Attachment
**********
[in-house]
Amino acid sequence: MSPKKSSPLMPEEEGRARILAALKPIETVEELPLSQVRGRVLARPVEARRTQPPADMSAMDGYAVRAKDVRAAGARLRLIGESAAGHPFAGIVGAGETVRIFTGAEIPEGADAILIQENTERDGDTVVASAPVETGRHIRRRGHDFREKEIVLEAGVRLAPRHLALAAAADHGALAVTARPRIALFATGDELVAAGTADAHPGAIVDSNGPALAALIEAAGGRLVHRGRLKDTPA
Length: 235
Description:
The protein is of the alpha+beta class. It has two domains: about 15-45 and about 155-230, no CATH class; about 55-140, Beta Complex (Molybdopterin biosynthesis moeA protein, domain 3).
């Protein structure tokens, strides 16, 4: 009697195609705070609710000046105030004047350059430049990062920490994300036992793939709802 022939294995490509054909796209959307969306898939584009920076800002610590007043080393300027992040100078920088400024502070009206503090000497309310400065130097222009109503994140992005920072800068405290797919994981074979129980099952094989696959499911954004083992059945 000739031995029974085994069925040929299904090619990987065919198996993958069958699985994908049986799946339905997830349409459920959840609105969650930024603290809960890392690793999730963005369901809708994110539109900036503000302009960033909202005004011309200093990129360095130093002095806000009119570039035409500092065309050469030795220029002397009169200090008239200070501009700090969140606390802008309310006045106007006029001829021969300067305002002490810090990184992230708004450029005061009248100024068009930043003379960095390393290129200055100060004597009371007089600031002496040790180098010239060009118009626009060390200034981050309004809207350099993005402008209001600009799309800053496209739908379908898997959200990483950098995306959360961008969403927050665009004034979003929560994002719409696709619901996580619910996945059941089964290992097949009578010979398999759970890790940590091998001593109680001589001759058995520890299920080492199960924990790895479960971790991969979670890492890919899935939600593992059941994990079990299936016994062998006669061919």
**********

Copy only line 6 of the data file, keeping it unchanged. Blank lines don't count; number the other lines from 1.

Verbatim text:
């Protein structure tokens, strides 16, 4: 009697195609705070609710000046105030004047350059430049990062920490994300036992793939709802 022939294995490509054909796209959307969306898939584009920076800002610590007043080393300027992040100078920088400024502070009206503090000497309310400065130097222009109503994140992005920072800068405290797919994981074979129980099952094989696959499911954004083992059945 000739031995029974085994069925040929299904090619990987065919198996993958069958699985994908049986799946339905997830349409459920959840609105969650930024603290809960890392690793999730963005369901809708994110539109900036503000302009960033909202005004011309200093990129360095130093002095806000009119570039035409500092065309050469030795220029002397009169200090008239200070501009700090969140606390802008309310006045106007006029001829021969300067305002002490810090990184992230708004450029005061009248100024068009930043003379960095390393290129200055100060004597009371007089600031002496040790180098010239060009118009626009060390200034981050309004809207350099993005402008209001600009799309800053496209739908379908898997959200990483950098995306959360961008969403927050665009004034979003929560994002719409696709619901996580619910996945059941089964290992097949009578010979398999759970890790940590091998001593109680001589001759058995520890299920080492199960924990790895479960971790991969979670890492890919899935939600593992059941994990079990299936016994062998006669061919």